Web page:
Walmart and McDonald’s Push for College Credit for Work Experience

Many students juggle both their studies and work. Companies like Walmart and McDonald’s are pushing colleges to give credit for the skills gained through work experience.

Washington, D.C., District of Columbia Jul 9, 2024 – The retail giant, Walmart, has stopped hiring college students for corporate positions. They’ve stated that this decision is due to the fact that many students work to pay for their expensive college fees. Many students are unable to afford a college degree due to the high costs. As a result, many students work at various companies while they study. Walmart has acknowledged that a significant number of its employees don’t have college degrees. Now, they’re looking to change this trend and prioritize hiring degree holders.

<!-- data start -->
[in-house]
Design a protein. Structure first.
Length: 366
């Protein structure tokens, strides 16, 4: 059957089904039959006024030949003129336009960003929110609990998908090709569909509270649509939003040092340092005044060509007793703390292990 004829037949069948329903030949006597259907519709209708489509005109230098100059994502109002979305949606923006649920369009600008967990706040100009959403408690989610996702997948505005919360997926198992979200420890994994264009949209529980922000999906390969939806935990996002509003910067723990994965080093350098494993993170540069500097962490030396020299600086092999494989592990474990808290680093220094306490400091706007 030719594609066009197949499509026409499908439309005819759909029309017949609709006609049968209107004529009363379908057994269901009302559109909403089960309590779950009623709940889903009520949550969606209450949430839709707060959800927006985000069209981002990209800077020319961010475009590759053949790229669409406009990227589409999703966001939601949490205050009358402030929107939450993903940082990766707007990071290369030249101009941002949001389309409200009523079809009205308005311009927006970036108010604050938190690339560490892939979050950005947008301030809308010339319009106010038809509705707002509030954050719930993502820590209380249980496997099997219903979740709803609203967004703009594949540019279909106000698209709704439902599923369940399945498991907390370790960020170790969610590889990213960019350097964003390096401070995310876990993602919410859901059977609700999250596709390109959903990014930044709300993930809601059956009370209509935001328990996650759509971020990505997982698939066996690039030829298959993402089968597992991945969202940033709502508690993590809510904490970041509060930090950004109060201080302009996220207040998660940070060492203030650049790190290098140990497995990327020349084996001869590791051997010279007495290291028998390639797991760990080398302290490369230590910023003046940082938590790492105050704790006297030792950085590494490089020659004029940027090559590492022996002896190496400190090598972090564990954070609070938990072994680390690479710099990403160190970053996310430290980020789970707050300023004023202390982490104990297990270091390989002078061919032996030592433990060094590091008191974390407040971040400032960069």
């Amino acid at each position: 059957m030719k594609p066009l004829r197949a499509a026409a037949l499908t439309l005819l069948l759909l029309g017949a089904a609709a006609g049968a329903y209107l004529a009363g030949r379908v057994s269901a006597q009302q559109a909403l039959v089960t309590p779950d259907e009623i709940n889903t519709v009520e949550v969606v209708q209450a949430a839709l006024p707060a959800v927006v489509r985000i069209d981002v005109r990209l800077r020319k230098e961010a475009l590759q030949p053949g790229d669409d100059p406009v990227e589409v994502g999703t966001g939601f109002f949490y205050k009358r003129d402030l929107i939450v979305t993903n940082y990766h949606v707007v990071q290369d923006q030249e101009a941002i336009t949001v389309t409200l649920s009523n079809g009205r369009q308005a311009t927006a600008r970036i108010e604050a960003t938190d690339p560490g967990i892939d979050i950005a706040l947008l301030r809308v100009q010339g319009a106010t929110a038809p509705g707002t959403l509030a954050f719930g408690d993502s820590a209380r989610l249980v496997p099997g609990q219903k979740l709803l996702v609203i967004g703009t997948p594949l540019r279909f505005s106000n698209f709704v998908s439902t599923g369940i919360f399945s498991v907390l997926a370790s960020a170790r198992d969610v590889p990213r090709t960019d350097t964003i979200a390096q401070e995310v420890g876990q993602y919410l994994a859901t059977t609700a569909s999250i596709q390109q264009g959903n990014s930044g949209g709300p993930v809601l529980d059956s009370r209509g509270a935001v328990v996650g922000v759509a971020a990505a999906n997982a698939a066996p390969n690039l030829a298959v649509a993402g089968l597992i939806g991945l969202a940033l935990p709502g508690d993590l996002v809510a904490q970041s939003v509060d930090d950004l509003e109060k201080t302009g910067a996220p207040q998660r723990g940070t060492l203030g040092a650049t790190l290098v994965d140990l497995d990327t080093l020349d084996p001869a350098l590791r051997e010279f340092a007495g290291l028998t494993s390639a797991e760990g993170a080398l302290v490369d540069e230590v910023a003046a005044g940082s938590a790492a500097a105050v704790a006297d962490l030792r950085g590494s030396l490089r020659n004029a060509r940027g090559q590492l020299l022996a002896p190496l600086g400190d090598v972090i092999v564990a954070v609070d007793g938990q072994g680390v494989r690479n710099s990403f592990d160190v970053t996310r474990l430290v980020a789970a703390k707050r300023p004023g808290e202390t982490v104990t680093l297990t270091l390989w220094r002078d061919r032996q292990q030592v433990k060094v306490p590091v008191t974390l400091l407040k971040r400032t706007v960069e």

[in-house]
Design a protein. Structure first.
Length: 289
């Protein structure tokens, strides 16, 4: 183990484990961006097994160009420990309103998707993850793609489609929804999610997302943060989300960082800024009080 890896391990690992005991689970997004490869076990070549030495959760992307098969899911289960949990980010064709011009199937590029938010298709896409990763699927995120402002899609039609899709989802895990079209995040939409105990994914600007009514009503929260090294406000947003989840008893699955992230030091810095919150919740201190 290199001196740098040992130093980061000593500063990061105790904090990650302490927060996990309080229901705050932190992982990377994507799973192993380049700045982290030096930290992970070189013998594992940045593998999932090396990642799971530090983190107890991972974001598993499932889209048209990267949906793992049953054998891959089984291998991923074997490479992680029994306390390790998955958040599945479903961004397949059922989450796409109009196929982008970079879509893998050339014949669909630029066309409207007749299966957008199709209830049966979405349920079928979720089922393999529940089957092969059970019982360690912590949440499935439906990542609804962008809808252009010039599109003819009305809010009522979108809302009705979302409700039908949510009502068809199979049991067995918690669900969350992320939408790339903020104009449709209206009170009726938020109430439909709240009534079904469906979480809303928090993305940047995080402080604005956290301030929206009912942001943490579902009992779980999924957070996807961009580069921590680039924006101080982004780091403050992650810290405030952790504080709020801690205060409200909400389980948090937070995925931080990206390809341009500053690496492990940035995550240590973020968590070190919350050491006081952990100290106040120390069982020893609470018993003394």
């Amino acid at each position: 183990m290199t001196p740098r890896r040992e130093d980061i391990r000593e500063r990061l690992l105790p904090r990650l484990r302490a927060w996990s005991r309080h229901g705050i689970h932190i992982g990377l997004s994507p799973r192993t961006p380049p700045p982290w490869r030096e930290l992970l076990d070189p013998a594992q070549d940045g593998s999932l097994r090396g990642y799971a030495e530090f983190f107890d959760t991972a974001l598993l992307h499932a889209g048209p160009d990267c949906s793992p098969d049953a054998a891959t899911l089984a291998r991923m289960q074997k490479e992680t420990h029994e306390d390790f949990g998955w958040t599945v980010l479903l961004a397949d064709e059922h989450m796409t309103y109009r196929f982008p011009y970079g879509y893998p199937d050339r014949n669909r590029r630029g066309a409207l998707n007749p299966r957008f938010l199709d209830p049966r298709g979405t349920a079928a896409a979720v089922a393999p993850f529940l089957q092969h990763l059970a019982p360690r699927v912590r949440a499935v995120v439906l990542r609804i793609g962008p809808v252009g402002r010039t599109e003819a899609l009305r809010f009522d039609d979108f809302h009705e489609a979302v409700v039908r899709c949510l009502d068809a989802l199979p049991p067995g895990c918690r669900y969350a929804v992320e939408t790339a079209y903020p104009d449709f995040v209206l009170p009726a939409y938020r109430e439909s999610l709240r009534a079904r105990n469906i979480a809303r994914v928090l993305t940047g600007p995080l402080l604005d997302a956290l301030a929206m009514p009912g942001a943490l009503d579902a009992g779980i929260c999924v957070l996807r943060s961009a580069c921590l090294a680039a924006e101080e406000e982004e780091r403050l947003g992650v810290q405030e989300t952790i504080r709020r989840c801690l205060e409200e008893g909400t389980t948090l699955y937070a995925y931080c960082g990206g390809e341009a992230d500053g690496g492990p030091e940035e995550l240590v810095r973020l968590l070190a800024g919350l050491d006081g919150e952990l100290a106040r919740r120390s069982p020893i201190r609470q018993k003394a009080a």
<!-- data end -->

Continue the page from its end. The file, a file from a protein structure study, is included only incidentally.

Currently, major companies such as McDonald’s and Walmart are proposing a new approach for college students. They are advocating for colleges to grant credit to students for their work experience in the retail and fast-food industries. They argue that students gain valuable skills in these sectors that should be recognized as part of their education. However, students often find it difficult to translate these skills and experience into their resumes.

Degrees are not the sole determinant of a student’s qualifications; skills play a crucial role in their proficiency. Currently, educators and companies are in the process of deciding how much credit should be given to students based on their work skills. A recent case involving Bonnie Boop highlights this initiative. She returned to college in her 40s, utilizing Walmart’s tuition assistance program. She already holds two associate degrees but is now pursuing a bachelor’s degree.

Bonnie Boop stated that “Bachelor’s degrees tend to open more doors,” and that she continued her studies “for the principle of it all.” She is now working towards earning college credit for her corporate certifications and training. This initiative would be immensely beneficial for students employed by these companies.

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Daniel Martin

Source :Daniel Martin